Pipette Operation Method

Hawach pipette (such as Standard Single Channel Fixed Pipettes, Advanced Half Autoclave Single Channel Adjustable Pipettes) is a measuring instrument used to accurately remove a certain volume of solution. The pipette is only used to measure the volume of the solution it emits. It is a slender glass tube with a large expansion in the middle. The lower end is a pointed mouth, and the upper neck is inscribed with a marking line, which is a mark of the exact volume removed. Therefore, we must pay attention to whether the operation method is correct. The following are the specific methods of operation:

Carefully remove the pipette and put it into the receiving container (in this process, the liquid in the pipe should not leak out). Make the tip of the pipette lean against the inner wall of the receiving container, keep the pipette vertical, and accept the inclination of the container, lift the index finger of the right hand, let the liquid flow freely, and wait about 15 seconds to remove the pipette. Note that a small amount of liquid remaining at the tip can not be blown out by external force (except for the word “blowing” on the pipette).

Proper pipette operation is essential to ensure accurate and reproducible liquid transfers in the laboratory. Follow these general steps for pipette operation:

1. Preparing the Pipette:

  • Ensure that the pipette is clean and free from any residue.
  • Check that the pipette is properly calibrated, and the volume setting matches your intended transfer volume.
  • Ensure that you’re using the appropriate tips for the pipette.

2. Aspirating the Sample:

  • Attach a disposable pipette tip securely to the pipette.
  • Depress the plunger to the first stop (the first stop is used for aspiration).
  • Immerse the tip into the liquid sample.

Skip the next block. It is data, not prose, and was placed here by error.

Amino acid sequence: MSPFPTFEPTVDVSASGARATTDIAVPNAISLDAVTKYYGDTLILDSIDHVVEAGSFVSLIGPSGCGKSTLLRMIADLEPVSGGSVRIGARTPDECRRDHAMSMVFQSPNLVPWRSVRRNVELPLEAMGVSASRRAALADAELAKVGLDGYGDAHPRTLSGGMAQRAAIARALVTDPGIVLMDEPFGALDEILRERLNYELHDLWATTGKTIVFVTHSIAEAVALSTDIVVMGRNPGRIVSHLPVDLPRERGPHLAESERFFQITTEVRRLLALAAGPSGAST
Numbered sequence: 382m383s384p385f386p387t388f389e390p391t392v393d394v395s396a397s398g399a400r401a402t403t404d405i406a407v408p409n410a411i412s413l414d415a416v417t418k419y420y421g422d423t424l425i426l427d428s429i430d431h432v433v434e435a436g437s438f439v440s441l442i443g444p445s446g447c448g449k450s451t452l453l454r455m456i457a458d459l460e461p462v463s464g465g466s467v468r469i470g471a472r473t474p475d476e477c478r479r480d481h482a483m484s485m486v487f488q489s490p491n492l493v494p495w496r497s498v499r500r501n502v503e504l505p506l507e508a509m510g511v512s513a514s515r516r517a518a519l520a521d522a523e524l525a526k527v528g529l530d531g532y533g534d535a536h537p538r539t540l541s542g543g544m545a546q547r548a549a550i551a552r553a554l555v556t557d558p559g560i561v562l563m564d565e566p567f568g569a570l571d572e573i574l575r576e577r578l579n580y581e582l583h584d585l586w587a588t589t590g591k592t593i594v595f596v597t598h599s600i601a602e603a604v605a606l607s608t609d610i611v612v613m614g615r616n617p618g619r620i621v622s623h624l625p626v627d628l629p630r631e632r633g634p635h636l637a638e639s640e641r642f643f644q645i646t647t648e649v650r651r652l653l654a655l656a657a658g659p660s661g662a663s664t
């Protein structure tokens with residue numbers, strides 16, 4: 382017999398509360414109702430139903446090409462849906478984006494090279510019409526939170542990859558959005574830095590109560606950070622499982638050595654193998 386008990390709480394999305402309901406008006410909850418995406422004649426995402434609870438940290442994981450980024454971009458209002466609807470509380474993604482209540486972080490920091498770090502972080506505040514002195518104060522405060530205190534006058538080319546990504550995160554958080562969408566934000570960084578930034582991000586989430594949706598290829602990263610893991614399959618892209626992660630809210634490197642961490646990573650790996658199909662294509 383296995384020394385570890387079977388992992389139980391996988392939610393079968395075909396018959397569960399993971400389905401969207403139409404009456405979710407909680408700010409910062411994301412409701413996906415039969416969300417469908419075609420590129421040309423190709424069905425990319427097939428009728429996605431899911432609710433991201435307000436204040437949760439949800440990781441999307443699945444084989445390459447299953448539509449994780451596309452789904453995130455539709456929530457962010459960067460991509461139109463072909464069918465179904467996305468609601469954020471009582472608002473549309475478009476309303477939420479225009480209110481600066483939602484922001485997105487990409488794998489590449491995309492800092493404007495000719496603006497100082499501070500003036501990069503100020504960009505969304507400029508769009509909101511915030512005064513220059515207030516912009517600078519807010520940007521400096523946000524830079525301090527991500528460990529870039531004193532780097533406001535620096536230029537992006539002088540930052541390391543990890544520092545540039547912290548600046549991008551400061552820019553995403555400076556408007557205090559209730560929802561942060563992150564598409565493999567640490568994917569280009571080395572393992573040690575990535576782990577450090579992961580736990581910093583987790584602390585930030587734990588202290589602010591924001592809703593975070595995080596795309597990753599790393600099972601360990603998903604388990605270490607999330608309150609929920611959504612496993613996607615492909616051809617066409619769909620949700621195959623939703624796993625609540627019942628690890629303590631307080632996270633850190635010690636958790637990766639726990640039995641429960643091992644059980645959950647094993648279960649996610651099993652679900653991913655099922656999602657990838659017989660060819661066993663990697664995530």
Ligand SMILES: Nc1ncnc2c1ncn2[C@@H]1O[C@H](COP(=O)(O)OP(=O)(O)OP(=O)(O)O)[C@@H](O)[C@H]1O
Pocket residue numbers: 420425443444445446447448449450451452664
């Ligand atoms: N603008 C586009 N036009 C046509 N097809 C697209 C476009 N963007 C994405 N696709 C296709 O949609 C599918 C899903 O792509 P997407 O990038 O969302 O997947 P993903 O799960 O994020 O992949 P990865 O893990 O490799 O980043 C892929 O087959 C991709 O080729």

• Slowly release the plunger to aspirate the desired volume. Avoid rapid release, as it can introduce air bubbles.

3. Dispensing the Sample:

  • Ensure the tip is positioned correctly in the receiving vessel or container.
  • Depress the plunger to the second stop (the second stop is used for dispensing).
  • Hold the plunger at the second stop for a brief moment to ensure complete and accurate dispensing.
  • Remove the tip from the receiving vessel.

4. Ejecting the Tip:

  • Use the pipette’s tip ejection mechanism to remove the used tip. Some pipettes have manual ejection buttons, while others have electronic ejection.

5. Preventing Cross-Contamination:

  • Use a new pipette tip for each sample to prevent cross-contamination.
  • If you’re working with critical samples, consider using filtered tips to prevent aerosol contamination.

6. Pipetting Techniques:

  • Hold the pipette with a relaxed grip, using your index finger for the plunger and your thumb and middle finger to support the handle.
  • Keep the pipette vertical when aspirating and dispensing to ensure accurate volume transfer.
  • Slowly release the plunger to avoid creating air bubbles or splashing.

7. Calibration and Maintenance:

  • Regularly calibrate the pipette according to the manufacturer’s recommendations or a defined calibration schedule.
  • Clean and maintain the pipette as described in the pipette maintenance guidelines.

8. Training and Documentation:

  • Train laboratory personnel on proper pipetting techniques.
  • Keep a record of pipette calibration, maintenance, and any deviations.

9. Troubleshooting:

  • If you encounter issues like air bubbles, leaks, or inaccurate transfers, troubleshoot the problem before continuing with your work.

Always refer to the manufacturer’s instructions specific to your pipette model, as operation steps may vary. Practice good laboratory pipetting techniques, and handle the pipette with care to ensure accurate and reliable results in your experiments.